Dark Night Skies

By Susam Pal on 17 Dec 2020

Having grown up in a small town in the 1990s, I used to get pretty dark skies at night. The night sky combined with a few books on amateur astronomy from our school's library really fuelled my desire to understand the universe and our place in it.

I got photocopies of two star charts (for both hemispheres) off a book I found in our school library and began using the star chart for the northern hemisphere to study the night sky. The winter sky was and still is my favourite. To spot the easily recognizable Orion constellation and know that its second brightest star with the distinctly reddish hue is a red supergiant star that could explode any day was fascinating.

The 1990s were also a great time to grow up for an astronomy enthusiast like me. Two bright comets visited our neighbourhood in 1996-1997. First Comet Hyakutake visited us in March 1996 and then Comet Hale-Bopp became spectacularly bright in April 1997.

Now 23 years later, as an adult living in a severely light-polluted city, the recent Geminids meteor shower was rather disappointing. My wife and I went to our terrace to watch the meteor shower after midnight. A nice dark sky would have let us see about 2-4 meteors shooting across the sky every minute. But we did not have a nice dark sky. The whole sky was lit orange. As a kid, I would have never imagined a sky could have such a colour at night! We could spot only a meteor or two every 5-10 minutes.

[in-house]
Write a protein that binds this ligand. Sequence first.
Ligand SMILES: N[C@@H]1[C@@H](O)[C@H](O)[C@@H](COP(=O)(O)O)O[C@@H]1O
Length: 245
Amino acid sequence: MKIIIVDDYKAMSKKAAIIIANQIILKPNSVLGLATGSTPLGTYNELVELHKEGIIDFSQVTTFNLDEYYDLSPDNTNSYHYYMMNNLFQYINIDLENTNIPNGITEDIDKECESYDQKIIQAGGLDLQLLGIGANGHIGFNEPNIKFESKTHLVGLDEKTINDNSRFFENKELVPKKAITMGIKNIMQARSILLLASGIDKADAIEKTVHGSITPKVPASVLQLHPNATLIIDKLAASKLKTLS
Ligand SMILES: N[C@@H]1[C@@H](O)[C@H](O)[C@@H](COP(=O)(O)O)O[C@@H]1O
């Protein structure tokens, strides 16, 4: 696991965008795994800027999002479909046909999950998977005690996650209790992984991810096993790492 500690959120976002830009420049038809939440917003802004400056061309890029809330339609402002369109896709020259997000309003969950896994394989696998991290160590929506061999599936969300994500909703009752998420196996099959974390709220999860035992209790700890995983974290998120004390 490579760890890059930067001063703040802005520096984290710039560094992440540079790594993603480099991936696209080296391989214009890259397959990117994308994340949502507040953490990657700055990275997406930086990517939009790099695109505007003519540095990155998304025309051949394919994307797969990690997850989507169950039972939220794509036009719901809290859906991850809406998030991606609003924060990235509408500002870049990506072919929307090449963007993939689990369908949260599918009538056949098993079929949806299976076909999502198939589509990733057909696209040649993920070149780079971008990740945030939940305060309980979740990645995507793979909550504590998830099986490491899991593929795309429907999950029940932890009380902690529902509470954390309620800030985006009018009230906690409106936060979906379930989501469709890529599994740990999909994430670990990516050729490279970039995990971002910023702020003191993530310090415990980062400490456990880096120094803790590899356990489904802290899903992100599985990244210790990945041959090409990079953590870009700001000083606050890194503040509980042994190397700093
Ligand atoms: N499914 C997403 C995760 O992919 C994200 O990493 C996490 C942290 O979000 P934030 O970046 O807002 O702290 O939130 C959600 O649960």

I think it is very unfortunate that kids growing up in cities today do not get to see the beautiful night sky the way I did during my childhood days. A clear, dark night sky can be a great source of inspiration and wonder for children.

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